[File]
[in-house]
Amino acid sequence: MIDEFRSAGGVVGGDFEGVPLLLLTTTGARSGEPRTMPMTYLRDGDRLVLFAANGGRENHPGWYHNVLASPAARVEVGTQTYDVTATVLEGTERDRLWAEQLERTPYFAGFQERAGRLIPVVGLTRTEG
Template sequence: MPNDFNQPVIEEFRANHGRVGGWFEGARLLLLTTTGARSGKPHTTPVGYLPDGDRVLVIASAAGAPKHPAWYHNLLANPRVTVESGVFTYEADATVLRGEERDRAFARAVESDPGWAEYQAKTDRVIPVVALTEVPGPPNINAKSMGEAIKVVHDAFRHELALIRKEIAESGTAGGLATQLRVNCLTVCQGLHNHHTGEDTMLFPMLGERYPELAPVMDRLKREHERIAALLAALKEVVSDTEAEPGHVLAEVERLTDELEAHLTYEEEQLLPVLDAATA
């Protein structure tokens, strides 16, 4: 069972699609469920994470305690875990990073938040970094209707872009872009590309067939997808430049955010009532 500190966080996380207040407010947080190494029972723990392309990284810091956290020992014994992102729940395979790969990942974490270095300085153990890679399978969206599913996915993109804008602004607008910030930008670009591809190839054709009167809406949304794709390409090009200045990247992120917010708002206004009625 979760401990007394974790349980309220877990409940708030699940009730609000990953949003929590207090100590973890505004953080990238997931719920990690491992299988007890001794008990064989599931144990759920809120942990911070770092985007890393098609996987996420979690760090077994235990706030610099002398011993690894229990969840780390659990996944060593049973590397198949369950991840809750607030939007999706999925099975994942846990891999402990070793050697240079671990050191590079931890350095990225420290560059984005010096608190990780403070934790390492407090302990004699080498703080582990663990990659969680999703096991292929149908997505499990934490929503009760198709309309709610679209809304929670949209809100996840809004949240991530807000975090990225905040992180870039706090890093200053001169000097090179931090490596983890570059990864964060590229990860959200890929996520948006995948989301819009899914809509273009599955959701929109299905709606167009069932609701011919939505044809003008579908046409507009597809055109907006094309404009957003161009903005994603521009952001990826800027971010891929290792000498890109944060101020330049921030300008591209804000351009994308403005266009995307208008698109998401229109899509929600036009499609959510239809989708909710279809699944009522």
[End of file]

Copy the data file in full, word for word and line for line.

[in-house]
Amino acid sequence: MIDEFRSAGGVVGGDFEGVPLLLLTTTGARSGEPRTMPMTYLRDGDRLVLFAANGGRENHPGWYHNVLASPAARVEVGTQTYDVTATVLEGTERDRLWAEQLERTPYFAGFQERAGRLIPVVGLTRTEG
Template sequence: MPNDFNQPVIEEFRANHGRVGGWFEGARLLLLTTTGARSGKPHTTPVGYLPDGDRVLVIASAAGAPKHPAWYHNLLANPRVTVESGVFTYEADATVLRGEERDRAFARAVESDPGWAEYQAKTDRVIPVVALTEVPGPPNINAKSMGEAIKVVHDAFRHELALIRKEIAESGTAGGLATQLRVNCLTVCQGLHNHHTGEDTMLFPMLGERYPELAPVMDRLKREHERIAALLAALKEVVSDTEAEPGHVLAEVERLTDELEAHLTYEEEQLLPVLDAATA
């Protein structure tokens, strides 16, 4: 069972699609469920994470305690875990990073938040970094209707872009872009590309067939997808430049955010009532 500190966080996380207040407010947080190494029972723990392309990284810091956290020992014994992102729940395979790969990942974490270095300085153990890679399978969206599913996915993109804008602004607008910030930008670009591809190839054709009167809406949304794709390409090009200045990247992120917010708002206004009625 979760401990007394974790349980309220877990409940708030699940009730609000990953949003929590207090100590973890505004953080990238997931719920990690491992299988007890001794008990064989599931144990759920809120942990911070770092985007890393098609996987996420979690760090077994235990706030610099002398011993690894229990969840780390659990996944060593049973590397198949369950991840809750607030939007999706999925099975994942846990891999402990070793050697240079671990050191590079931890350095990225420290560059984005010096608190990780403070934790390492407090302990004699080498703080582990663990990659969680999703096991292929149908997505499990934490929503009760198709309309709610679209809304929670949209809100996840809004949240991530807000975090990225905040992180870039706090890093200053001169000097090179931090490596983890570059990864964060590229990860959200890929996520948006995948989301819009899914809509273009599955959701929109299905709606167009069932609701011919939505044809003008579908046409507009597809055109907006094309404009957003161009903005994603521009952001990826800027971010891929290792000498890109944060101020330049921030300008591209804000351009994308403005266009995307208008698109998401229109899509929600036009499609959510239809989708909710279809699944009522």